The problem with this approach to the study of Lovecraft is that is a lot of scholarship out there. Joshi estimates that Lovecraft may have written upwards of 80,000 letters in his life and while most of them are lost, a lot of them remain and they are full to bursting with personal details, evolving ideas, and background details on his life and the creation of stories. Little wonder then that there is a real cottage industry when it comes to writings about Lovecraft the man. In principle, all you need is some of his published correspondence and a few ideas and you too can come up with a fresh biographically-inspired interpretation of the man’s work!

The problem with taking this approach to Lovecraft’s work is that a lot of people got there before you and so many biographical details will have been mined for literary significance. For example, back when I was writing about “Polaris”, I came across a reference to someone suggesting that the story might have been inspired by lingering guilt over Lovecraft’s failure to fight in World War I. To my mind, this seems utterly ludicrous as Lovecraft had not only failed to bear the emotional burdens of high school; he also tended to be remarkably downbeat when it came to recognising of his own limits. A young man who struggled with high-school and beat himself up about it would not then think that he could have made a meaningful contribution on the Western Front. This being said, the person who made that claim about “Polaris” could probably point to Lovecraft’s repeated attempts to join the Rhode Island National Guard as well as a number of letters as proof that he had serious martial ambitions. Now… as someone who has always been more interested in critical interpretation than in biographical trainspotting, I would argue that regretting that one did not have the chance to become a celebrated soldier is not the same thing as seriously entertaining fighting in World War I but it would be interesting to know what Lovecraft actually said or did about serving in the military.

The problem with taking an interest in a historical figure whose life has already been subjected to serious scrutiny is where to start. At first, I thought that I might take a run at Joshi’s big biography but that thing is about as thick as a phonebook and full of footnotes. Similarly, if I wanted to wade into the correspondence then I would be confronted with a series of books, all quite thick and often collected according to the person with whom Lovecraft happened to be corresponding. All of these texts may be available, but I all I want is a means of putting meat on the bones of psychological speculation. I want to know more about Lovecraft but I’m not sure I’m ready to learn everything about him just yet. Thankfully, Joshi has written a book providing newbs like me with a short, engaging and accessible on-ramp to the world of Lovecraft scholarship.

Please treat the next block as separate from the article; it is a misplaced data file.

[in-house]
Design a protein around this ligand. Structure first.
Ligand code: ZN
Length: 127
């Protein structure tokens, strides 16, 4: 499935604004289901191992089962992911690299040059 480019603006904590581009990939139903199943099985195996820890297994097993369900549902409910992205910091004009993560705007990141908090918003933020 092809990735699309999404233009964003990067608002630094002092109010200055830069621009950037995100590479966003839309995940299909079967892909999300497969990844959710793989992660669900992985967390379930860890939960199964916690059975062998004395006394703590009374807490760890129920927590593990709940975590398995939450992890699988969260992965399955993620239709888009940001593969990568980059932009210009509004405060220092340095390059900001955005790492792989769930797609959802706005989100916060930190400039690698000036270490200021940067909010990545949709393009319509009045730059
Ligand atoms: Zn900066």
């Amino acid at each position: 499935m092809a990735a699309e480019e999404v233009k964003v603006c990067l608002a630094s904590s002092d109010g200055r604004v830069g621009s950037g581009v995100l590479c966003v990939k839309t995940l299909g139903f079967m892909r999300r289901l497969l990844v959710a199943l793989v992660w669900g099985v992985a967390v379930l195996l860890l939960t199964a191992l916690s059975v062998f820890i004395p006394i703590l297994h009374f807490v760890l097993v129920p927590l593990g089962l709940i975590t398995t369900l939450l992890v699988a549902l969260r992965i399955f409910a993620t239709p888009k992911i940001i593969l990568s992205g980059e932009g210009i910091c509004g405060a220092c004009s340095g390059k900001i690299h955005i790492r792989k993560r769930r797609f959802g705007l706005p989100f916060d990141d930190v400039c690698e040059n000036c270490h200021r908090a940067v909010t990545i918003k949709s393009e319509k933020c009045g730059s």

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On “Polaris” by H.P. Lovecraft

Canon Fodder is an occasional series in which I write about classic works of horror fiction. This particular part of the series is devoted to the complete published works of H.P. Lovecraft, which I will slowly be working my way through.

Pity those whose sense of self-worth dependent upon the history of people with a particular skull shape.

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On “A Reminiscence of Dr. Samuel Johnson” and “Sweet Ermengarde” by H.P. Lovecraft

Canon Fodder is an occasional series in which I write about classic works of horror fiction. This particular part of the series is devoted to the complete published works of H.P. Lovecraft, which I will slowly be working my way through.

Please forgive this brief divergence from standard format but our chronology has brought us to the point where Lovecraft decided to try his hand at satirical parody. Most collections tend to gloss over these stories as they aren’t particularly Lovecraftian, but I would argue they both deserve attention, if only for what they suggest about HPL’s creative process and self-perception at the time.